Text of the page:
As an employer, your work to prevent an employment discrimination lawsuit starts from the beginning: in the way you advertise the job opening. According to the Equal Employment Opportunity Commission (EEOC), the number of charges filed by employees and applicants alleging discriminatory advertising rose from 49 in 2013 to 121 in 2014. The vast majority of the claims filed in 2014 (111) were for advertisement discrimination against older job applicants, but may also involve gender discrimination, disability discrimination or other discriminatory conduct.
Recently, the popular restaurant chain Ruby Tuesday settled a claim with the EEOC for $100,000. Two male employees sued the restaurant after an internal job posting was advertised specifying “only females would be considered” for temporary summer positions in a Utah resort town. Because the summer resort employees would be residing together for several weeks in company-housing, the restaurant reasoned that it would be best if all employees were of the same gender.
While violations such as a gender-specific job announcement may seem obvious in hindsight, there are many subtle ways discrimination is included in employers’ advertising. Have you ever seen an ad in the paper seeking “recent college graduates”? You might consider this to mean that a college degree is required for the job. But the EEOC could look at this as way of screening out older applicants in violation of the Age Discrimination in Employment Act (ADEA). The ADEA and its Texas equivalent statute make it illegal for employers (with 15 or more employees) to discriminate against workers age 40 and over.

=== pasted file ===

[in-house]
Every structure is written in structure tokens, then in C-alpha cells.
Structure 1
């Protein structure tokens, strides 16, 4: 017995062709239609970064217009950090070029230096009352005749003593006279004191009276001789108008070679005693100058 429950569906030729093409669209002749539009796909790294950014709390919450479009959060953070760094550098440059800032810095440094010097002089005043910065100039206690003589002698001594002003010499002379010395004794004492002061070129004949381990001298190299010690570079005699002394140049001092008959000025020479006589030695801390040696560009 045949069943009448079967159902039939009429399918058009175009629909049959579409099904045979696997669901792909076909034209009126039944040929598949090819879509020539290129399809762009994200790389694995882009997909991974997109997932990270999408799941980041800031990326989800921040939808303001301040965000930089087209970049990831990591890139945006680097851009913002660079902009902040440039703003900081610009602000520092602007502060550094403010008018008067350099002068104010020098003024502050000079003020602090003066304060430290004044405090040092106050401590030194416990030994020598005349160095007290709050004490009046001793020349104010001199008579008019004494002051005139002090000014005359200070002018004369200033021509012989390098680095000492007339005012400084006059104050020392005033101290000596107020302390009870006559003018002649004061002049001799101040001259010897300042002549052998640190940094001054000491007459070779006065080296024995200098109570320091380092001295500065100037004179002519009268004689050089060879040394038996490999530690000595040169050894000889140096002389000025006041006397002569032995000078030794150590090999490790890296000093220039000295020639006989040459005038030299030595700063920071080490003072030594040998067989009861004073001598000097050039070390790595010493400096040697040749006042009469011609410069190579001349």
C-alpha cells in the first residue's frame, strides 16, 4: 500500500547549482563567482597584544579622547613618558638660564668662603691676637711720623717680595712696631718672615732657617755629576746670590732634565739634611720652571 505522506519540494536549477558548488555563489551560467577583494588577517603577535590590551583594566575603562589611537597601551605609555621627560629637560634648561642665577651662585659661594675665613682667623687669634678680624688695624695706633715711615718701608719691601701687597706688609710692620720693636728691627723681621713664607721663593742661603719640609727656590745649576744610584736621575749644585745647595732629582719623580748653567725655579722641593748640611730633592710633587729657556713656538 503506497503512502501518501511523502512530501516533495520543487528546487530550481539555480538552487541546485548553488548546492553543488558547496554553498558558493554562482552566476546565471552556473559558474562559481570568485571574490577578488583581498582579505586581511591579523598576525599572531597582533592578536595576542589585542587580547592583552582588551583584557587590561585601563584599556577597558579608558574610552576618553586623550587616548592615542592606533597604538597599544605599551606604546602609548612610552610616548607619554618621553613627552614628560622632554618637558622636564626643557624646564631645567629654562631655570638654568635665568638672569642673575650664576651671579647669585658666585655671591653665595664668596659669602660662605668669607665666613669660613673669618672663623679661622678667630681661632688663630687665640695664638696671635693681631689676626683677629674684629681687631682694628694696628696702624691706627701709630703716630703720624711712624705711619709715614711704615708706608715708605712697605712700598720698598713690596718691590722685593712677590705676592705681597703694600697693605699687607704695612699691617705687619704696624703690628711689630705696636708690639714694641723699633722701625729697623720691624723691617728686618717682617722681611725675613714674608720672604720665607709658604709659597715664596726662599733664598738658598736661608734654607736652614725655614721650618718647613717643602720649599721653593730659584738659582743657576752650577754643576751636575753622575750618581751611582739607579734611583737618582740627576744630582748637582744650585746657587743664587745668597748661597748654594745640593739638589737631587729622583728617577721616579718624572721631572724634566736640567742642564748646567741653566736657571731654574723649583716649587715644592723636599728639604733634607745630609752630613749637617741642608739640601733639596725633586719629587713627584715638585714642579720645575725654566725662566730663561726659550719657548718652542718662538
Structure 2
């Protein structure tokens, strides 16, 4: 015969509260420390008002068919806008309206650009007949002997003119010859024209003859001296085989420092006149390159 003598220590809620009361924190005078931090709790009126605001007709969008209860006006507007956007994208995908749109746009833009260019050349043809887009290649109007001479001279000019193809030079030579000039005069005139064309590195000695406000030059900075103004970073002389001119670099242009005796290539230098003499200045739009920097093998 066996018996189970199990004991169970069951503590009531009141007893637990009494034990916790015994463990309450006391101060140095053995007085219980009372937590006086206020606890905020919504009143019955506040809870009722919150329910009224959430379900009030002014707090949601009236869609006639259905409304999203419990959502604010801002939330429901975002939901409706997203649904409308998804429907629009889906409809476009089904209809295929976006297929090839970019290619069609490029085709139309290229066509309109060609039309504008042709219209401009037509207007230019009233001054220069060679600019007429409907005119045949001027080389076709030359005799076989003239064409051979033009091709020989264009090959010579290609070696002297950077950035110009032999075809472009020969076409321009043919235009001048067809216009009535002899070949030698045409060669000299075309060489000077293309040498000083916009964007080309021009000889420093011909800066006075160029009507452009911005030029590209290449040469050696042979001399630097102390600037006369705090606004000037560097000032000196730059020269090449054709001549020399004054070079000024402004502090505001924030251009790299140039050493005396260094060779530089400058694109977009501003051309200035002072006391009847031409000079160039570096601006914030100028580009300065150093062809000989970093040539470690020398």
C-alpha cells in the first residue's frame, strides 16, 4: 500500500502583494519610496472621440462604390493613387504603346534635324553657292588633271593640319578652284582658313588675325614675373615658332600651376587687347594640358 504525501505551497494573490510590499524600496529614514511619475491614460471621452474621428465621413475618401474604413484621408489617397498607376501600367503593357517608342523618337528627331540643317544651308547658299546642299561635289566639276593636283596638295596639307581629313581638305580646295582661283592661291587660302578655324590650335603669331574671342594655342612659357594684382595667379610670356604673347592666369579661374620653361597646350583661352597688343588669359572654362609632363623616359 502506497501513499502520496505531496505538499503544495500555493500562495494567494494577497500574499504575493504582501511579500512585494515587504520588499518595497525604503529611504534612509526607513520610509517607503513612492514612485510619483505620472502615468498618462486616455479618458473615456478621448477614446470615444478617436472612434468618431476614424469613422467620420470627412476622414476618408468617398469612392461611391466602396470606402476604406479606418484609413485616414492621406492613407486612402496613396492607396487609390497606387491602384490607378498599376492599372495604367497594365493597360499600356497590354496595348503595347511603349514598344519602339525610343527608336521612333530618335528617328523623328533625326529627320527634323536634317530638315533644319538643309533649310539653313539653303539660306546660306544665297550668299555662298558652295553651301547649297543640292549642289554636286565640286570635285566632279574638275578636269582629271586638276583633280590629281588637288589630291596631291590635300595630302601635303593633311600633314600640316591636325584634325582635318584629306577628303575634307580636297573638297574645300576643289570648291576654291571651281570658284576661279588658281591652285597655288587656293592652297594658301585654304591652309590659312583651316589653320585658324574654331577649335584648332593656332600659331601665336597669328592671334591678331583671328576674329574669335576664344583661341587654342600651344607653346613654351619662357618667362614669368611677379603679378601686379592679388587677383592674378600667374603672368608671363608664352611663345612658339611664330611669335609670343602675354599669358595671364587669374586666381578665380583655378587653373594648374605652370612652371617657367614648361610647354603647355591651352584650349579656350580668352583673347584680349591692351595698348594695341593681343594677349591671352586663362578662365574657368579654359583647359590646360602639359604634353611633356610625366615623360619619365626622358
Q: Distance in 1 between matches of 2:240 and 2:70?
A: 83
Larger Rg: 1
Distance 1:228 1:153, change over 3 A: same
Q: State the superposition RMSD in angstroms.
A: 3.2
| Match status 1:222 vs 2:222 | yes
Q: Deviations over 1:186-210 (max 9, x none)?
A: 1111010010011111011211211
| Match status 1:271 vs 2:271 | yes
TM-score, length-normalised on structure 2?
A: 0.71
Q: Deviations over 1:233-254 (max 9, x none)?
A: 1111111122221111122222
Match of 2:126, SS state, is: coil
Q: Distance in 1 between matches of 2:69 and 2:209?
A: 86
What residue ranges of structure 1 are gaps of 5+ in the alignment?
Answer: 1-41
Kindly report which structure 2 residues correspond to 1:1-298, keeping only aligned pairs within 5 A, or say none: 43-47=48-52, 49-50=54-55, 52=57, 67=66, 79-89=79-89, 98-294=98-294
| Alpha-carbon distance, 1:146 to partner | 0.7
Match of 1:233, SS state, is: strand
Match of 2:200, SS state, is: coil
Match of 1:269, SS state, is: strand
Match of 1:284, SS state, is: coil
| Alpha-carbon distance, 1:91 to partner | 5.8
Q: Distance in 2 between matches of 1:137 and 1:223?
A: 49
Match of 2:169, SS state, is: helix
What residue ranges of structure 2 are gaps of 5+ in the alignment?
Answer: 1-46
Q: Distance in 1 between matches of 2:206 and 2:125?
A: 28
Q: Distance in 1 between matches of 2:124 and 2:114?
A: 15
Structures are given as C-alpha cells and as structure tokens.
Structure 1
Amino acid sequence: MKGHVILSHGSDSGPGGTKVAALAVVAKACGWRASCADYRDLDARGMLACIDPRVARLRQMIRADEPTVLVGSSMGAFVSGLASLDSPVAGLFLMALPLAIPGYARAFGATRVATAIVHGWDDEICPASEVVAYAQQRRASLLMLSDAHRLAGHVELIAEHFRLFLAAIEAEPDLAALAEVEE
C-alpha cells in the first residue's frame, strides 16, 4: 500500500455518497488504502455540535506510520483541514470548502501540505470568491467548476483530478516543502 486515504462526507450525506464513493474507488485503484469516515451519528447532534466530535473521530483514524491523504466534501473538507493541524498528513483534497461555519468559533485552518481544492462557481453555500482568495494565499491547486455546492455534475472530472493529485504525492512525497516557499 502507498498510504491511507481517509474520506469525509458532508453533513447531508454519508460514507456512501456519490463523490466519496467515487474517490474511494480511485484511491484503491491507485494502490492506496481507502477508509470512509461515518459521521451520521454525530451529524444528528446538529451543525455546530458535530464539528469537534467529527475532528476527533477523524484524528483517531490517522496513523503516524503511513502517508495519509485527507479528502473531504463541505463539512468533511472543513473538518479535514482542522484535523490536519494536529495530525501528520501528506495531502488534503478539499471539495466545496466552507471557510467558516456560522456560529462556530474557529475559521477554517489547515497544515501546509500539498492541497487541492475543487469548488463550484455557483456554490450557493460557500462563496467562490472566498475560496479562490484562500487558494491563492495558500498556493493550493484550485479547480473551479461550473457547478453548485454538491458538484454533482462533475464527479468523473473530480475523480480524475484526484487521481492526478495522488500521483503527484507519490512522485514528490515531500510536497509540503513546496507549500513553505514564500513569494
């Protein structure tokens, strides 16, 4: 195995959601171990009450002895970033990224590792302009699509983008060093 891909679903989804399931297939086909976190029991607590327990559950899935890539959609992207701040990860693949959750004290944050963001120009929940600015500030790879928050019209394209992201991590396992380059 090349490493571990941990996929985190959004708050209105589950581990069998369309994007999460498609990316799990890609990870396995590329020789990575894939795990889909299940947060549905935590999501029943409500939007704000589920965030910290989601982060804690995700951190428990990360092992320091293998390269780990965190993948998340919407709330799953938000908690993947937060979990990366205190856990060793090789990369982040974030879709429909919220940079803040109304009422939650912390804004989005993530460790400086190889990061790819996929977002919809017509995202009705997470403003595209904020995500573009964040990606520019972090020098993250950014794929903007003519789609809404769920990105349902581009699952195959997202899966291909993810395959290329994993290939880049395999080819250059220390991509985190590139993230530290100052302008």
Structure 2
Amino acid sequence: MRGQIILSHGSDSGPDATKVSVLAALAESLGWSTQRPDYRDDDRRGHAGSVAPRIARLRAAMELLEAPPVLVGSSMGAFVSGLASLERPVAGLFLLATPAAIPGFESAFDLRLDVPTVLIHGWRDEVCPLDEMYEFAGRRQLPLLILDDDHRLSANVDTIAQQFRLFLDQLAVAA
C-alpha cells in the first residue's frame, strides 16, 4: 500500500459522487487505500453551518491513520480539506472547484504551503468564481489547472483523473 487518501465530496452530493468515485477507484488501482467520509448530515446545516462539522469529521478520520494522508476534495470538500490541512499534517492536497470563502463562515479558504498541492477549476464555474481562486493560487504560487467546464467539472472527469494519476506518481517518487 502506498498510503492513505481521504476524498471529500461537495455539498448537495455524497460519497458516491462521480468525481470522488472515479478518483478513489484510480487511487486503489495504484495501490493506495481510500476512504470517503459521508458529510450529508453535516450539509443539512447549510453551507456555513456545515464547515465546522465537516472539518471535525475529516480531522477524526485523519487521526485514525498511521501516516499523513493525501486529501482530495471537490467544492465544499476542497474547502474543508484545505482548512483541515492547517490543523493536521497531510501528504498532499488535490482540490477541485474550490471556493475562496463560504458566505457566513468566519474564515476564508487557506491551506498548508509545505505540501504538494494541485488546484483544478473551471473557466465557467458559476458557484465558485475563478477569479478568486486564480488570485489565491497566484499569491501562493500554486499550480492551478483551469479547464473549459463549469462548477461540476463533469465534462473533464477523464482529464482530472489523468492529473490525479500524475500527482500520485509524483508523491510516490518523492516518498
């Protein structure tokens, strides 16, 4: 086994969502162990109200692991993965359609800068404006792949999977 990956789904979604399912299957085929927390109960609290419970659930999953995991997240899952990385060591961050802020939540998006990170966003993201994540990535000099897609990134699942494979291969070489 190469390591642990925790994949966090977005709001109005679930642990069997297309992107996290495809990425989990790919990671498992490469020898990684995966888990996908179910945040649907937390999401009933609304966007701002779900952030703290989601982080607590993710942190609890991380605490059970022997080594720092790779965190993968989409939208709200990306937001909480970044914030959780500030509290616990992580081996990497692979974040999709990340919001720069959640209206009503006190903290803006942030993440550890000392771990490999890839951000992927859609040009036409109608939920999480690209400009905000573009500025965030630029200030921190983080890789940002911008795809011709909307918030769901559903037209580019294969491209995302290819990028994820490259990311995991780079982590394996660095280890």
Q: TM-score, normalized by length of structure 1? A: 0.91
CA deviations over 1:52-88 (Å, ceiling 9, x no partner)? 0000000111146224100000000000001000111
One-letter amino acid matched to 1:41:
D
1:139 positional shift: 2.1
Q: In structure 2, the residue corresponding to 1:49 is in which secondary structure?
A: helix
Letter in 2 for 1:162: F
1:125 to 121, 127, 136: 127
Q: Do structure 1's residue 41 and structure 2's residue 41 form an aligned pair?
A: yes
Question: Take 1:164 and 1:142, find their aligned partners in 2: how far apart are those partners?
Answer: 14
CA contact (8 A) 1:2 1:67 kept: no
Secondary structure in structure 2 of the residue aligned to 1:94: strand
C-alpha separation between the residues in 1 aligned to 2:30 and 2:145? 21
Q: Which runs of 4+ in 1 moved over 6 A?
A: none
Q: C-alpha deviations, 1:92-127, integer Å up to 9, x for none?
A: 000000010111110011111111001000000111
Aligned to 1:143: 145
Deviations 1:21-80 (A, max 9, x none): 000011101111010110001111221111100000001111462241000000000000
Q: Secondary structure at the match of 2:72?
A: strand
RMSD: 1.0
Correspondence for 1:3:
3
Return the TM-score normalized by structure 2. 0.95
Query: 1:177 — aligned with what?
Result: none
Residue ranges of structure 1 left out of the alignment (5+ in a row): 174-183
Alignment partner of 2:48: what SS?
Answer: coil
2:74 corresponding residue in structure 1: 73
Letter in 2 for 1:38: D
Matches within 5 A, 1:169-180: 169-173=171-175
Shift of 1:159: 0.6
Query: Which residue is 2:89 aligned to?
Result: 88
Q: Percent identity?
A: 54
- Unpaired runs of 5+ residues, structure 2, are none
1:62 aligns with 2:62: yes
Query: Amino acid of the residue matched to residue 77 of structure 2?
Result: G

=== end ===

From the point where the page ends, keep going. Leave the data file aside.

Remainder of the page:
To avoid problems such as the one Ruby Tuesday faced, carefully consider the wording of your advertising, most specifically, your job postings. Don’t include language that could be interpreted as an exclusion of applicants on the basis of age (40 and older), race, national origin, sex, pregnancy, or disability.
So what can you say in your job postings? If you have 15 or more employees, here are a few tips to avoid a discrimination claim:
- List the required job qualifications and specific educational or technical requirements to screen out unqualified applicants.
- Stick to your advertised requirements when reviewing the applicants. If you don’t receive any resumes with these specific qualifications, advertise again with lowered requirements. This will help you avoid the taint of discriminating against lesser-qualified applicants who may be in a protected class.
- Include the essential physical and mental requirements in the job description to protect yourself from a disability discrimination claim. If a qualification for the job is the ability to lift 50 pounds or to stand for long periods of time, this will let an applicant know right up front so there is no question that it is a required qualification.
- Avoid using terms like “college student” or “recent college graduate”. Instead, describe the job as “entry level” or as no prior experience required.
- Use neutral language and specify that you are an equal opportunity employer.